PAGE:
CHILDREN'S FAVOURITE IS CREATED USING TECHNIQUES DATING FROM VICTORIAN TIMES
The smell of wood, fresh leather, paint and glue mingle in the one storey workshop of rocking horse makers Steve and Alison Smith. Shelves containing thick planks of wood line the walls, curly wood shavings and sawdust crunch underfoot, and all around the room are horses in various stages of construction. A box of smoothly carved heads sits atop a cabinet. Hanks of horse hair, which will be used to make manes and tails, hang from a row of hooks. Five unpainted horses are lined up waiting for their transformation into sleek dappled grey steeds with jingling leather bridles and burnished brown leather saddles.
Here in the Shropshire countryside, Steve, Alison and a small team of skilled workers produce approximately 25 rocking horses each year. Steve makes the horses from wood, and Alison, a trained artist, paints them. “We are constantly trying to recreate horses that are as lifelike as the ones made by the Victorians,” says Steve. “We’re replicating a particular style of workmanship to achieve that incredible quality and attention to detail.”
The couple have been making rocking horses since 1985 when a friend asked Steve if he could make one for his first child. “I had trained as an engineer, but wood carving had been a hobby since I was a kid,” explains Steve. “We had an old horse in the family and I copied it. It was falling apart so I took every stick to bits and studied it. That first horse was a success, and other people started to ask for them. We turned the hobby into a business and sales grew quickly.”
Alison and Steve were living on a narrow boat, a 72-foot craft called the Heather Bell, at the time. At first they worked on board. “We had planks of wood delivered to the boat,” recalls Steve. “But after a year and a half, when our baby daughter Heather arrived, demand for the horses was growing and we decided we needed to move to dry land.”
By 1992, they had relocated to Shropshire, where they still live in a lock keeper’s cottage by a canal. The horses are now made in a small workshop six miles away and the couple have a showroom in a converted chapel just a few minutes walk along the lane from their home. “We have up to five staff who help us with painting, carving and office work, depending on demand,” explains Steve. “The busiest time is in the run up to Christmas.”
The couple estimate they have made around 1,500 horses. The design of the horses is based on a traditional pattern. “In Victorian times a company called FH Ayres made the best quality horses. They are regarded by collectors and craftsmen as the ideal,” says Alison. “The company was in production from 1857 to the end of World War II. We try to copy these horses and replicate the craftsmanship as closely as we can. They were beautifully made and had a certain finesse.”
Initially, rocking horses were made as an aid to teach basic equestrian skills and balance to children from privileged families. Traditionally, it was important that the proportions of each horse were accurate and this is something that Alison and Steve strive for today.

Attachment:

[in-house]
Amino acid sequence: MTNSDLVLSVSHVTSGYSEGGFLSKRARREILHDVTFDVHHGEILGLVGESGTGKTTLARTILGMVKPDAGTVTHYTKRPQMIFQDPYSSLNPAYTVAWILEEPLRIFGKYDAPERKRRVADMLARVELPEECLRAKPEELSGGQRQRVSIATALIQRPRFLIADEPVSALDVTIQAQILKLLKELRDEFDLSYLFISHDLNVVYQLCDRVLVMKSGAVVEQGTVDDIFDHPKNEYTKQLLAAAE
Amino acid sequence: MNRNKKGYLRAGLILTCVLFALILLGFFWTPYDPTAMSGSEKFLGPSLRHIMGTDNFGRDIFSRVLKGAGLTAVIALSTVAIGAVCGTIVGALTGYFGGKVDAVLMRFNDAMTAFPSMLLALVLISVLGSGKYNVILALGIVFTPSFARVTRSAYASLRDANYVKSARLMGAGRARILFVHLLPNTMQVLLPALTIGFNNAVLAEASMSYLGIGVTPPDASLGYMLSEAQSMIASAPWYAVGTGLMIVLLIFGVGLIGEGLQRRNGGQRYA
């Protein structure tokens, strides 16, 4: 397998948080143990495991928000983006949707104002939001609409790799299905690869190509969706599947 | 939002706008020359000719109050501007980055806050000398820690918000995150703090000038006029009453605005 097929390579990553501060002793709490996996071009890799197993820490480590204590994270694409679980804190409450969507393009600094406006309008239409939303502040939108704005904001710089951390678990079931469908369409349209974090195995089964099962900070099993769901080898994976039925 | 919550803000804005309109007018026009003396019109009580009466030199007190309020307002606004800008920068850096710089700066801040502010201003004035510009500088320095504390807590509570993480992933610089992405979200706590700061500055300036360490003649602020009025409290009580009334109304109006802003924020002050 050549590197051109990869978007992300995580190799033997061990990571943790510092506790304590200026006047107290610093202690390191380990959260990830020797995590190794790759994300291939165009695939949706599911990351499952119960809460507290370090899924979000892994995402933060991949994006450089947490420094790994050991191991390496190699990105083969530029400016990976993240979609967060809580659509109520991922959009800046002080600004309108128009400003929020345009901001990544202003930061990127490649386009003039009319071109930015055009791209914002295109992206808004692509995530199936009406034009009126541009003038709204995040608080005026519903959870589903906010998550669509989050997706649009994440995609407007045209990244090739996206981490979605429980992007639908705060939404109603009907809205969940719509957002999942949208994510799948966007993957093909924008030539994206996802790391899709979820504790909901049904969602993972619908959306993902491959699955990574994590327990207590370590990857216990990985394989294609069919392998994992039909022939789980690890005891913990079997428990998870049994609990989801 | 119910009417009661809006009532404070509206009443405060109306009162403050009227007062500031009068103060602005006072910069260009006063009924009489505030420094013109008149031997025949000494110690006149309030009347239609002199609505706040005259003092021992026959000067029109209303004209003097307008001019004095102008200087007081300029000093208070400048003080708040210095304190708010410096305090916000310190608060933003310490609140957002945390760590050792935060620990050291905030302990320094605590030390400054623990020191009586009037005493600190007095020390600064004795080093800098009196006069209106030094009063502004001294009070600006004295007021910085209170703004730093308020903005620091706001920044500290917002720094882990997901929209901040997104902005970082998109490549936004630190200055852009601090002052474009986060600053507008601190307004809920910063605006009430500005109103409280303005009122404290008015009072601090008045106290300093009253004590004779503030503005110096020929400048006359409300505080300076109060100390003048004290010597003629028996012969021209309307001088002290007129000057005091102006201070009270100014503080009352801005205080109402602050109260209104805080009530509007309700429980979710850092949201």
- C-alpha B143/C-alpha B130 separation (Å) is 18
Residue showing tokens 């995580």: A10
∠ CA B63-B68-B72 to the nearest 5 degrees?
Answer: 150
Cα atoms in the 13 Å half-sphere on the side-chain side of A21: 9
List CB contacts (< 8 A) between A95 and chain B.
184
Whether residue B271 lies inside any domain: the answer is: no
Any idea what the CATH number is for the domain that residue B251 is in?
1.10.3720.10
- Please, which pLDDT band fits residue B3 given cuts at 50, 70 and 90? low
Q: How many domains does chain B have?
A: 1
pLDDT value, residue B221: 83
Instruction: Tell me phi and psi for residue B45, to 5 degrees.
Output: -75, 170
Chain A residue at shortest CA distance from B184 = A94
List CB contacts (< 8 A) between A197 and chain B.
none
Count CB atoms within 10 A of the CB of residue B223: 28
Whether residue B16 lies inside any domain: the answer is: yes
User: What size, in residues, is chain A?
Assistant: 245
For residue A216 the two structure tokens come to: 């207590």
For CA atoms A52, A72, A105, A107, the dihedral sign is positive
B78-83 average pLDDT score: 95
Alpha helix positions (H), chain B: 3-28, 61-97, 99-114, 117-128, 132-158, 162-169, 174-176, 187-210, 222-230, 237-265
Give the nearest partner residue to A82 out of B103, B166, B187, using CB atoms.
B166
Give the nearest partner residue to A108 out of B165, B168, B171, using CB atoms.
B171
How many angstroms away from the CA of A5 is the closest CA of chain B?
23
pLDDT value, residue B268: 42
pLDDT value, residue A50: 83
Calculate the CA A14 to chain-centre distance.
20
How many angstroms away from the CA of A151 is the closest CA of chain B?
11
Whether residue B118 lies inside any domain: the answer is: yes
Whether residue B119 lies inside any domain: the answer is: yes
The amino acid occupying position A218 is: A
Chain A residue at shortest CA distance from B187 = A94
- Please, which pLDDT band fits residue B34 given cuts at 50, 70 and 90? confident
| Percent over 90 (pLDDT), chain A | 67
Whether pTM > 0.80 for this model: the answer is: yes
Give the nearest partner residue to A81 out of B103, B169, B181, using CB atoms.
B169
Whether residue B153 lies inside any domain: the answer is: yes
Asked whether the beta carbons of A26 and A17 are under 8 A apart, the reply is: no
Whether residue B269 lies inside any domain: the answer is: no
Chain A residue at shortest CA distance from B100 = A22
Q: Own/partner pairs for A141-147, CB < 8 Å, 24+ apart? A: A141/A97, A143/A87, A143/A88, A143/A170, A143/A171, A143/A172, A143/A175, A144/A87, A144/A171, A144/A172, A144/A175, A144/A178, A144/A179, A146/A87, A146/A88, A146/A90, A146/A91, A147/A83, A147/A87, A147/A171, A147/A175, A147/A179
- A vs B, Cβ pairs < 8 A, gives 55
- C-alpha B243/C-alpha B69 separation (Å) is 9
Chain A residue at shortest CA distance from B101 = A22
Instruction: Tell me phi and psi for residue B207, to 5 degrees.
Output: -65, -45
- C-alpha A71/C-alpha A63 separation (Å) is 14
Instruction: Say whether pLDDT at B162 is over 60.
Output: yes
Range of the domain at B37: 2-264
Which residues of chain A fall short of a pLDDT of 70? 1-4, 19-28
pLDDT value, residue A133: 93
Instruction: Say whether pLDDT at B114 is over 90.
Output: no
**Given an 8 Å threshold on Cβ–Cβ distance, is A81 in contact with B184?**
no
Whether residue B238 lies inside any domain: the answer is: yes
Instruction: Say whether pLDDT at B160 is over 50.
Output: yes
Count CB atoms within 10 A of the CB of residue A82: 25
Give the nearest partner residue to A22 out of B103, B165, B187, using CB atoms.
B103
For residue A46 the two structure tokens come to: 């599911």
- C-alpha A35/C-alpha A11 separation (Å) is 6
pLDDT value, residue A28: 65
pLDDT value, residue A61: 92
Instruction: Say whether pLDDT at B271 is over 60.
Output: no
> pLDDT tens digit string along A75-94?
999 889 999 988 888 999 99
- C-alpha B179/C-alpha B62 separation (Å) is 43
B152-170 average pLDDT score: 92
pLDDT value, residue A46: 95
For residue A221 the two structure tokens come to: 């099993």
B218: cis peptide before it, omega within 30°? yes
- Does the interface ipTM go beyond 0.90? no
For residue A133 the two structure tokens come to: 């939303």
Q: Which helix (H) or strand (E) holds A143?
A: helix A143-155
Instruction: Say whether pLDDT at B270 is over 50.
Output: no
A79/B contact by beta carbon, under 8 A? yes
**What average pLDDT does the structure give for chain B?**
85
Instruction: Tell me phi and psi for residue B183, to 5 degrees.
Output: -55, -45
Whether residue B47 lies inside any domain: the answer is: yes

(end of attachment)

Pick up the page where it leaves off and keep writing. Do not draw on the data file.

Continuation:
From planks of wood
Each horse starts life as a simple plank of rough wood approximately 13ft (4m) long. A mixture of different woods are used to make one animal. Beech, a hardwood, is used for the legs, which need to be strong to take the weight of the rider. The larger horses can bear an adult. Tulip wood, which is easier to carve, is chosen for the heads and sturdy pine or oak is used for the stands. Oak stands are much heavier and stronger than pine. Pine is strong, but lighter to lift. “We do also make rockers, but stands are safer and give a better ride, so they tend to be more popular,” says Steve. The smallest horses they make are 41in (104cm) high and 54in (137cm) long. The largest ones measure 57in (145cm) high and 70in (178cm) long.
Steve usually makes up to five horses at any one time, working in batches. Cardboard templates are cut out in the shapes of the body, neck, front and hind legs. These are traced on to the wooden planks. A band saw with a rotating blade is used to cut around the shapes. Steve now begins to assemble the horse. He first makes a coffee table shape, a flat-topped body with four legs jointed into the wood. The jointing is done by cutting a slot in a plank of wood at ten degrees. A corresponding slot is cut into the top of each of the horse’s legs. The two pieces are then slotted together.
A neck is then fixed to the body, using glue and clamps to secure it. Twelve blocks of wood called muscle blocks are stuck on to the neck and clamped until the glue dries. These give a three-dimensional effect while replicating the powerful curves of a horse’s neck. “The muscle blocks are square shaped, so at this point it does not look much like a horse,” says Steve.
He now turns his attention to the horse’s body. This is transformed from a set of sharply angled blocks into a smooth torso. He uses five different grades of sandpaper, starting with a coarse one, and then using progressively finer ones. Some of the sanding is done by hand, but he also uses a handheld power sander to refine the wood. Next, the head is glued on with a specialist glue which dries in 20 minutes.
The art of creating heads